Across the land, marking is peppered with things like B-, Good Effort, your ending is rather vague; explain this in more detail – that kind of thing: Comments that very many students cannot use to actually improve their work. Then there is the use of www/ebi self-evaluation where students write things like ‘I must avoid making silly mistakes’ – or ‘I need to revise more‘. These generic wish-statements cannot actually make a difference to what students know, understand or can do. Again, the approach is based on the need to satisfy an external machine that requires compliance to a set of institutional expectations (here, that www/ebi is ‘a good thing’) rather than being focused on learning itself.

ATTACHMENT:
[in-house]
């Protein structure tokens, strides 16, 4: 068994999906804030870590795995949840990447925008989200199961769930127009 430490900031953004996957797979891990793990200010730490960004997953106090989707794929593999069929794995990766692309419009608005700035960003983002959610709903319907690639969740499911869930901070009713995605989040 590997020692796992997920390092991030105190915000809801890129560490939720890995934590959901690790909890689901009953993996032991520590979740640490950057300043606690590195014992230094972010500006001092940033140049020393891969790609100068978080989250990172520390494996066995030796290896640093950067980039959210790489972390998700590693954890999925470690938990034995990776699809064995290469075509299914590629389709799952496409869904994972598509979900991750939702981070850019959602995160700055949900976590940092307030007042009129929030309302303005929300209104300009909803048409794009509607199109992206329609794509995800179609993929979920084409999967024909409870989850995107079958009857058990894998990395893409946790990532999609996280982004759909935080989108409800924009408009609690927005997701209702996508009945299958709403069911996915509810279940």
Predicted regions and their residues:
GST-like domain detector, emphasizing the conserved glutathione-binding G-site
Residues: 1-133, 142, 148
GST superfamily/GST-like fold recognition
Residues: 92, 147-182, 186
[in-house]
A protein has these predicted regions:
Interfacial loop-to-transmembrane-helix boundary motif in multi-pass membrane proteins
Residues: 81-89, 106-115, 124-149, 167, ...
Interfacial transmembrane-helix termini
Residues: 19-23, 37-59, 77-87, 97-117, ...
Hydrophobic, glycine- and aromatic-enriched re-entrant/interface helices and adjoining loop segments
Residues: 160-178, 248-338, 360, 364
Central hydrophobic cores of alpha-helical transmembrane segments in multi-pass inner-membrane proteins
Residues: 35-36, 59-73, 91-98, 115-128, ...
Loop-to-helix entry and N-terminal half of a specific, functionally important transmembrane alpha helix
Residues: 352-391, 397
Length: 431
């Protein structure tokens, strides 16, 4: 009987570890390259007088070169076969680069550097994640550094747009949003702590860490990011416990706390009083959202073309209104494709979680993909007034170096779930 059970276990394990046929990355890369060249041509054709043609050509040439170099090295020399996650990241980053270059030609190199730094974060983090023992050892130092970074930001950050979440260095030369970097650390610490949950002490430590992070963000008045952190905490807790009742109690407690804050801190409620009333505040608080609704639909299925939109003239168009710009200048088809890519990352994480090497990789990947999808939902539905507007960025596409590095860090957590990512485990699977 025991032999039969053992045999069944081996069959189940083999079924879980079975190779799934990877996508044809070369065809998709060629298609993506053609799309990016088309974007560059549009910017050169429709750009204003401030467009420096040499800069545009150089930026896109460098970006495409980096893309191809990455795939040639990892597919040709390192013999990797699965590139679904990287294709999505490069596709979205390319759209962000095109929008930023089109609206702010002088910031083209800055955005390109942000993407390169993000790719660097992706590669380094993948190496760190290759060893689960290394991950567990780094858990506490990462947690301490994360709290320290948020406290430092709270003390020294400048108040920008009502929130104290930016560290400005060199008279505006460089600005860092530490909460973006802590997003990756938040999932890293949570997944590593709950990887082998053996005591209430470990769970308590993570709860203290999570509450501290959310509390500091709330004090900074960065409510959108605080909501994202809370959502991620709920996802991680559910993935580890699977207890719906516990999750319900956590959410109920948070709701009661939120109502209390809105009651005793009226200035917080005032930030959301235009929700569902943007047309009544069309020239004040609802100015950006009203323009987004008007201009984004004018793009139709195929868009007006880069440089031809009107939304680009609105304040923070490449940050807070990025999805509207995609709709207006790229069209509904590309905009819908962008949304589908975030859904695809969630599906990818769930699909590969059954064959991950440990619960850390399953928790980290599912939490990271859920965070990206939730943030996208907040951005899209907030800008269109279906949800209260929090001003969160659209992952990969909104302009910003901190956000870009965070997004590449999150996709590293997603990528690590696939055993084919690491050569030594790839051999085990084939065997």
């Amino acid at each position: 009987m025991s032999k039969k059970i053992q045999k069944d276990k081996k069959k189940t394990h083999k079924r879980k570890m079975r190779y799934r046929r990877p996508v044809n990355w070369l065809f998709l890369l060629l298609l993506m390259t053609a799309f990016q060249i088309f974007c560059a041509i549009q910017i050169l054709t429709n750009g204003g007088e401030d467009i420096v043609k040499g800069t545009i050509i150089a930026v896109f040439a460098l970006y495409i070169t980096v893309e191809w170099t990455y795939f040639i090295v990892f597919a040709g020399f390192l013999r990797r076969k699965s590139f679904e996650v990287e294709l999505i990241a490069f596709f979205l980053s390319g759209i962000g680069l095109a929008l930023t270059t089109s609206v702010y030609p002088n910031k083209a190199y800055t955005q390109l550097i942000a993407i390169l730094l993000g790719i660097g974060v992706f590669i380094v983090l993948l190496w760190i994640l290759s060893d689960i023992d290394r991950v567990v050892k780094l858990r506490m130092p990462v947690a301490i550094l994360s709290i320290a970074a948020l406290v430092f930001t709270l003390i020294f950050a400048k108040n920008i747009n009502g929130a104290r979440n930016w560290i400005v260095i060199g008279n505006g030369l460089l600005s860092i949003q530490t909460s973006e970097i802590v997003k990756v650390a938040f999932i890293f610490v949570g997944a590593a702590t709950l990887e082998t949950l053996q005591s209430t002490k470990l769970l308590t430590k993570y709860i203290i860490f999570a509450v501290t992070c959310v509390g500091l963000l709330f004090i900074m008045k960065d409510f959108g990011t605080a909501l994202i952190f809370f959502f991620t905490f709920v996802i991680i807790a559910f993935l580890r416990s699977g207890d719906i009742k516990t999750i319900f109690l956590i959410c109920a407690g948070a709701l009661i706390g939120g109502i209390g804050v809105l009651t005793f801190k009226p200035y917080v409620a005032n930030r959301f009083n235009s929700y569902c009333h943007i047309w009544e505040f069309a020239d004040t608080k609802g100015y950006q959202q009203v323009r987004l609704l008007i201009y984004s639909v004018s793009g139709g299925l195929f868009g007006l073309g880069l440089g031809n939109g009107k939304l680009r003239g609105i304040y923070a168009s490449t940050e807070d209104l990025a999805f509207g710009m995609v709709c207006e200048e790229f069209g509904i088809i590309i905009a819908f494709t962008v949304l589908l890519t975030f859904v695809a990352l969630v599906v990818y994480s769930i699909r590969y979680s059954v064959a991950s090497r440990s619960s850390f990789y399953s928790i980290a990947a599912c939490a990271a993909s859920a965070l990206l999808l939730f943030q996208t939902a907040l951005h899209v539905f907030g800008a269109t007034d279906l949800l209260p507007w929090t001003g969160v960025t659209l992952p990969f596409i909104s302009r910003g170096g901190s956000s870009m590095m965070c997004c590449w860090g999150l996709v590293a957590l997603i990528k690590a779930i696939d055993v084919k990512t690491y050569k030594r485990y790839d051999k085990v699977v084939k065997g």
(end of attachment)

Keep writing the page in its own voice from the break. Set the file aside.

The New Paradigm: Authentic learning-focused formative assessment.
Luckily, there is light. Things are changing, stirring, evolving. A new dawn beckons….(or is it going back to a previous dawn that faded, years ago?) There are several key influences that I think are helping to shift us towards a new paradigm:
- Dylan Wiliam retains his high-profile influencer status and is continually reinforcing the importance of ‘responsive teaching’ – the true meaning of AfL; the vital role of ‘minute by minute’ formative assessment where teachers check for understanding, adjust their teaching and continually seek to deepen students’ understanding and knowledge. This remains at the heart of real assessment: it’s in the moment with tight feed-back loops leading to immediate actions focused on specific elements of learning.